Design, synthesis, and evaluation of cholera toxin inhibitors and [alpha]-helix mimetics of dormancy survival regulator
Infectious diseases cause millions of deaths each year. The top single disease killers include tuberculosis (TB) and diarrheal diseases. The diarrheal diseases caused by cholera toxin (CT) and Escherichia coli heat-labile enterotoxin (LT) constitute a large part of the diarrhea-related deaths worldwide each year. While there have been some efficacious drugs against Vibrio cholerae in the market, their resistance is developing very quickly. Our group is engaged in developing synthetic molecules that could bind to CT with a high affinity to block the enzymatic reaction catalyzed by CT. We report here the design, synthesis and biological evaluation of bisubstrate analogues targeting the active site of CT. The most potent inhibitor demonstrated an IC50 of around 40 muM, which is 350-fold more potent than the natural substrate NAD. This compound could potentially serve as a lead for the discovery of therapeutic reagent to treat cholera.The other project is the exploration of the use of alpha-helix mimetics for probing the protein-protein interactions of dormancy survival regulator (DosR). The main function of DosR is to mediate the transition of Mycobacteria tuberculosis into dormancy and may contribute to latency. Disruption of the dimerization of DosR could keep M. tuberculosis in an active state, so that the existing drugs could treat them effectively. We employed both the small molecule approach and peptide approach to design potent alpha-helix mimetics and so far the most potent compound showed an IC50 of around 40 muM. The long linear peptide inhibitors synthesized in this study demonstrated an IC50 of around 100 muM. This opens up the possibility of systematic investigation of the DosR interface by incorporating different side chains. This strategy could be extended to study other interfaces with protein-protein interaction.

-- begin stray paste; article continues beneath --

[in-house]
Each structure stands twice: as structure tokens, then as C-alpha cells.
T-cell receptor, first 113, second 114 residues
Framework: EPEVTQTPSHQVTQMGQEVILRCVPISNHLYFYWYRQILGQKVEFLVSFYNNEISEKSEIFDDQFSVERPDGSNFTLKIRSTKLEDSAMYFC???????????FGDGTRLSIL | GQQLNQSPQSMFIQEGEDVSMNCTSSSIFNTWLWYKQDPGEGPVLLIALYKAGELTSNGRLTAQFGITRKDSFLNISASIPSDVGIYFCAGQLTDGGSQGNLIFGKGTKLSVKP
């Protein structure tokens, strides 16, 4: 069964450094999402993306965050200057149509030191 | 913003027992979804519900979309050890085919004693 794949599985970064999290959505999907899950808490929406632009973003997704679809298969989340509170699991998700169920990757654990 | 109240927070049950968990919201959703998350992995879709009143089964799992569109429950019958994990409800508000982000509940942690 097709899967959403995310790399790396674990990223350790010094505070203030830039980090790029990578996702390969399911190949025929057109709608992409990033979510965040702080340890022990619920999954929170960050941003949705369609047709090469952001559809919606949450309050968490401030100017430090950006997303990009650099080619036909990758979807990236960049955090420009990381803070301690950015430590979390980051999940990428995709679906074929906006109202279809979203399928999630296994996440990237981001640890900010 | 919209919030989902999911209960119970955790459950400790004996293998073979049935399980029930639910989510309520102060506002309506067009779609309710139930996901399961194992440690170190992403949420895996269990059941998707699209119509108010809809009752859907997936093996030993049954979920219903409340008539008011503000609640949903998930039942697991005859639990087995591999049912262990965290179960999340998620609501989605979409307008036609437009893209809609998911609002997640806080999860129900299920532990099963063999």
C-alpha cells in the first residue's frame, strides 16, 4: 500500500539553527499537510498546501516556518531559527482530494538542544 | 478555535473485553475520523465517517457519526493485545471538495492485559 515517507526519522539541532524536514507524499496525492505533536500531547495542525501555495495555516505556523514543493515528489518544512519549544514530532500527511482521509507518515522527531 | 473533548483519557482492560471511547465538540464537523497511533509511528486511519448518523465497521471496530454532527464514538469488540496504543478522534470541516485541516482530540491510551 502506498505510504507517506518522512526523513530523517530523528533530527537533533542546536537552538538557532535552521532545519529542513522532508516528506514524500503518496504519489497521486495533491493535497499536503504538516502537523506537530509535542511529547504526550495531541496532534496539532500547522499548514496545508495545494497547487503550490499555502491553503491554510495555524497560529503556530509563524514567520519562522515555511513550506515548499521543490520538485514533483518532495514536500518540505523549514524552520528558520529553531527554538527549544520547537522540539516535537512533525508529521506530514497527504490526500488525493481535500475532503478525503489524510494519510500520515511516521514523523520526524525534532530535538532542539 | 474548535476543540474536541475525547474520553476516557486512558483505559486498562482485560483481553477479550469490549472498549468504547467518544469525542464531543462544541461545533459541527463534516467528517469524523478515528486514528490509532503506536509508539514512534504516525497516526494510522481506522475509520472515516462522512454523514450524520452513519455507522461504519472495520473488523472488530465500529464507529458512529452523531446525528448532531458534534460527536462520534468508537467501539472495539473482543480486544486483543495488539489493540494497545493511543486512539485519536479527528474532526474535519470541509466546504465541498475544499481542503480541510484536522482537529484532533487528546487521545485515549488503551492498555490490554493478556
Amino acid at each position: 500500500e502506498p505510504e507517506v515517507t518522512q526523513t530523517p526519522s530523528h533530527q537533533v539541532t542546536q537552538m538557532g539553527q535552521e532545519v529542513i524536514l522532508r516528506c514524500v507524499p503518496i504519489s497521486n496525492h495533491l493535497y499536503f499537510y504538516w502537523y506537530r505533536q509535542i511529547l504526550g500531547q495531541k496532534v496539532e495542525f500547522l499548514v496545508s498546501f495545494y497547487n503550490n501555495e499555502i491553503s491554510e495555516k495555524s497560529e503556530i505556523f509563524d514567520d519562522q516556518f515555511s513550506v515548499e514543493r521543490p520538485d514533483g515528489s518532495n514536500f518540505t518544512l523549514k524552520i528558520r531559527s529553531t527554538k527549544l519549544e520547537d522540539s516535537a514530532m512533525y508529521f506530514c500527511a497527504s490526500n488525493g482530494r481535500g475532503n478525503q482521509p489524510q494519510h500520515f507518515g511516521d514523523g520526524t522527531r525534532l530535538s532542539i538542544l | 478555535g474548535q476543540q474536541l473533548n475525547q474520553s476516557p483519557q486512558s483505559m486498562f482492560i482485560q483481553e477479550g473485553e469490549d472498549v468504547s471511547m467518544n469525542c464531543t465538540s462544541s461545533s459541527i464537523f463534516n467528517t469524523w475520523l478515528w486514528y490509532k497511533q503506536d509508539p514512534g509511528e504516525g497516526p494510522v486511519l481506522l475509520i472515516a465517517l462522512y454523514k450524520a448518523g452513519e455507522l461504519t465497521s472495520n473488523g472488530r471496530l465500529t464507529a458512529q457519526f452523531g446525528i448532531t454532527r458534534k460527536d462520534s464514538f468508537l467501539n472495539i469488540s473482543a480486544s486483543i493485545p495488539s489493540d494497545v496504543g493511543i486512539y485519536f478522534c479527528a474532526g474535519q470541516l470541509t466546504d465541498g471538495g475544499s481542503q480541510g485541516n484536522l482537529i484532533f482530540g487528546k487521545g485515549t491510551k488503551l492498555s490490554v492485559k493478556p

- Chemistry